Back in the golden era of Nashville, when Music City was pumping out one country superstar after another on the assembly line, there were rules when it came to interviews. You were polite. You were uncontroversial. You behaved yourself, smiled on cue and didn’t answer a question with anything remotely interesting. That’s how the machine worked.
Kane Brown is not a machine guy.
Perhaps achieving massive commercial success over the past five years has given him a certain level of confidence. It’s got to make you feel pretty on top of things when you land your first two albums (2016’s Kane Brown and 2018’s Experiment) at No. 1 on the Billboard Country Albums chart. Or when you go platinum with three different singles (“Used To Love You Sober,” “What Ifs,” “Heaven”). Or when one of those singles, “What Ifs,” hit No. 1 on five separate country charts simultaneously. Or when you win three American Music Awards and a CMT Award.
That’s a long way from being a guy who posted videos of himself singing various country covers on Facebook to get a few likes, which is where the Tennessee-born Brown started back in 2014. But whatever the reason, Brown is one of the most honest country stars you’ll speak to.
“It’s a better album than my first one,” Brown says of Experiment. “And I think that’s about me not caring what anyone else thinks. This time, I was the quarterback in this writing process. We had the same writers we did as the last album, and I was working with a lot of the same people, but they were getting different stuff from me than they did before.”
That “different stuff” means that the album mixes in a lot of influences from outside of country music. There are catchy pop choruses, rock ‘n’ roll guitars and hip-hop beats. In fact, there are more than a few moments when the music doesn’t much resemble traditional country at all, other than some occasional fiddle and banjo and Brown’s deep twangy burr of a voice. Bluntly, it resembles what snarkier music fans might call bro-country, a watered-down, radio-friendly genre that sells like hotcakes.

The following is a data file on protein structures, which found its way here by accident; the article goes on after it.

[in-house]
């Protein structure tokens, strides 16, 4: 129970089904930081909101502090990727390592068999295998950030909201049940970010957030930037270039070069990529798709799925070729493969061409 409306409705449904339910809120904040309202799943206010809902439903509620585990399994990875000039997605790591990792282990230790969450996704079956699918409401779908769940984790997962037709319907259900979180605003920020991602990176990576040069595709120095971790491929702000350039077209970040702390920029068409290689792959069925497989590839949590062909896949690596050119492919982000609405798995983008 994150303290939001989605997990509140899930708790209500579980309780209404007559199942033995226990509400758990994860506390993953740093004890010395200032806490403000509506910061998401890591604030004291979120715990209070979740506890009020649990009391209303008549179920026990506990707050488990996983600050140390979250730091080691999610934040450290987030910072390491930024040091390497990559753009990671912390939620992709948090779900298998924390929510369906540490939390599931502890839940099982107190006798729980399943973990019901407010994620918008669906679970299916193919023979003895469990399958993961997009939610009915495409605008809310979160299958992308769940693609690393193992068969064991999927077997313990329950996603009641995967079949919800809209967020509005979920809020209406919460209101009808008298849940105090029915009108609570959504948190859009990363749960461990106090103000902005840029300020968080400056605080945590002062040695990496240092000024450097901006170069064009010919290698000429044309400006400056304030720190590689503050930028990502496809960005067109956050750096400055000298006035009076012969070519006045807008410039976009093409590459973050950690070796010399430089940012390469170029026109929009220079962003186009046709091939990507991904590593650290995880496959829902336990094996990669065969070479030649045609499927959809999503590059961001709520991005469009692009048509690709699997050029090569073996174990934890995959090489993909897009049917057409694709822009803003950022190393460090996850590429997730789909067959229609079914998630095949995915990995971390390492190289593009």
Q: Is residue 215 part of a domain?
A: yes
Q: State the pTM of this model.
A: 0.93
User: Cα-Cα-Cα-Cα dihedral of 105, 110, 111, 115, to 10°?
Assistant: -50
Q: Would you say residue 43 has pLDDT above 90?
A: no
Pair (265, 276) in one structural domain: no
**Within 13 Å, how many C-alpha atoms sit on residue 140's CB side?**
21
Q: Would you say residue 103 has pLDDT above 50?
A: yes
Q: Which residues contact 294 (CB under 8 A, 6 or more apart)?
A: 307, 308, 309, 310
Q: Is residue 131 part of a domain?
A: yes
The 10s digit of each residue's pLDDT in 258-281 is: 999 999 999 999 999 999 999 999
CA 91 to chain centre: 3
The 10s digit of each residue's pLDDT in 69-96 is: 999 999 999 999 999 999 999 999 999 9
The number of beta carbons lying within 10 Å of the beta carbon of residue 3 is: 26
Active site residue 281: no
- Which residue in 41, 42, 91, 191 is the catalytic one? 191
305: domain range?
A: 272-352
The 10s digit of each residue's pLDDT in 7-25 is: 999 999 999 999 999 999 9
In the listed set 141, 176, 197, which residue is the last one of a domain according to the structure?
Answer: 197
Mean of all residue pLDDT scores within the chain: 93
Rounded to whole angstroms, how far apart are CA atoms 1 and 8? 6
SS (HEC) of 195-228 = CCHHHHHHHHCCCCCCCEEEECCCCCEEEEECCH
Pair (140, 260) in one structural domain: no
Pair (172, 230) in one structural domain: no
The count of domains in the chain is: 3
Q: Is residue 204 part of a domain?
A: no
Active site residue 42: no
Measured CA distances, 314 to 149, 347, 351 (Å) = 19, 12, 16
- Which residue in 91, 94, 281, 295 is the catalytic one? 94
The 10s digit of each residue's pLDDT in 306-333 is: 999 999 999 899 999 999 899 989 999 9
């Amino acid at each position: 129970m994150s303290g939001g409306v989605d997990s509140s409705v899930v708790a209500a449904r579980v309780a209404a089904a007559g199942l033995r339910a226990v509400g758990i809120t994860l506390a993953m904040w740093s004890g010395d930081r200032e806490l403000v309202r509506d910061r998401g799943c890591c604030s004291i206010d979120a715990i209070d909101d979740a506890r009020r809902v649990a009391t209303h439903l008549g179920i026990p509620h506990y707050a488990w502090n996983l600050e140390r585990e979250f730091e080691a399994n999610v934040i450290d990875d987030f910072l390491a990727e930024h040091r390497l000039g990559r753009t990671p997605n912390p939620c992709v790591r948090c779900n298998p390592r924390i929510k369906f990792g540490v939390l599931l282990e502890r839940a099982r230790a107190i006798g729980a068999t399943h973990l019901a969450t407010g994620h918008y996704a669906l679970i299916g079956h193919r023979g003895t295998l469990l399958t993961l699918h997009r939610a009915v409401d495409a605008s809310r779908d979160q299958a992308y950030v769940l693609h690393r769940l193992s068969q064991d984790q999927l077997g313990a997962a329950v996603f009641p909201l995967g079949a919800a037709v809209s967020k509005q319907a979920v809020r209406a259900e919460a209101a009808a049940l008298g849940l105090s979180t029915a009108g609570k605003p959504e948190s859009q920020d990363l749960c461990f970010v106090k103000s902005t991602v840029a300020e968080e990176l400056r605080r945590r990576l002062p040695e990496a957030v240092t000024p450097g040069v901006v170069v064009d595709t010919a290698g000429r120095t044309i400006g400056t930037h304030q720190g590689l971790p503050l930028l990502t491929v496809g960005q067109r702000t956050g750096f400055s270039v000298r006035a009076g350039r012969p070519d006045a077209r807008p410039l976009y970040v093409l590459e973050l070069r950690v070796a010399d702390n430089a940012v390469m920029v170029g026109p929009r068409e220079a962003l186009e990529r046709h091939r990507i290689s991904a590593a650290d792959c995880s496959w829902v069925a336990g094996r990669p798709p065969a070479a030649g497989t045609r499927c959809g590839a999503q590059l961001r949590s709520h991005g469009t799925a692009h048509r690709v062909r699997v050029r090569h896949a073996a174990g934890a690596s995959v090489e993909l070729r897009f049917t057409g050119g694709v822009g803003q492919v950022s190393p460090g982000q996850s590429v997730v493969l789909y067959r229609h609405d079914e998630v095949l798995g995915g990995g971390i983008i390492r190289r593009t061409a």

But Brown doesn’t much care care.
“I only care what my fans think,” he says, “because they’re the ones listening to me. If I start caring what critics think, then that’s when I start changing who I am.”
That might sound like sour grapes, but Experiment has actually gotten decent reviews from Rolling Stone (three-and-a-half stars) and AllMusic (four stars), with the only obvious dissent coming from the Saving Country Music site, which posted that "Experiment is nothing more than fleeting, vacuous, unimaginative, safe, pallid American mass consumer generic entertainment.”
Besides, if you believe Brown, he doesn’t read many reviews, or social media comments.
“I check the recent reviews of the shows because I like the feedback of how we’re doing,” he offers, “but I don’t pay any attention to the comments sections.”
And it doesn’t actually seem to matter to Brown if his music is considered country or not — a familiar debate these days, as supporters of the Sturgill Simpsons and Chris Stapletons doing battle with backers of the Luke Bryans and the Jason Aldeans. But Brown seems to have zero interest in the current state of country.
“I don’t really know where country music is right now, honestly,” he says. “I’m just trying to do my thing and stay relevant.”
Brown does hope you come see him live at the Colonial Life Arena.
“I can say I’m really excited about my live show now,” he declares. “I wasn’t two years ago, or even last year. We’ve gotten better. Our production has come a long way; it’s awesome now. We’re more energetic. There’s not a dull moment.”
And what’s the reason behind his onstage improvement?
“I think it was me still learning,” he says. “I realized that I wasn’t what I wanted to be yet. I looked at it as a job back then; I wasn’t having fun. I was worried about what people thought of me. I was worried about every hater. Now I feel like you can say anything you want to about me and it doesn’t matter. I’m going to keep being me.”
I feel compelled to tell Brown at the end of our conversation that he seemed to be quite a straightforward, no-bulls#!t kind of person. He’s not surprised.
“I say what’s on my mind,” he says. “It’s just how I’ve learned to deal with life.”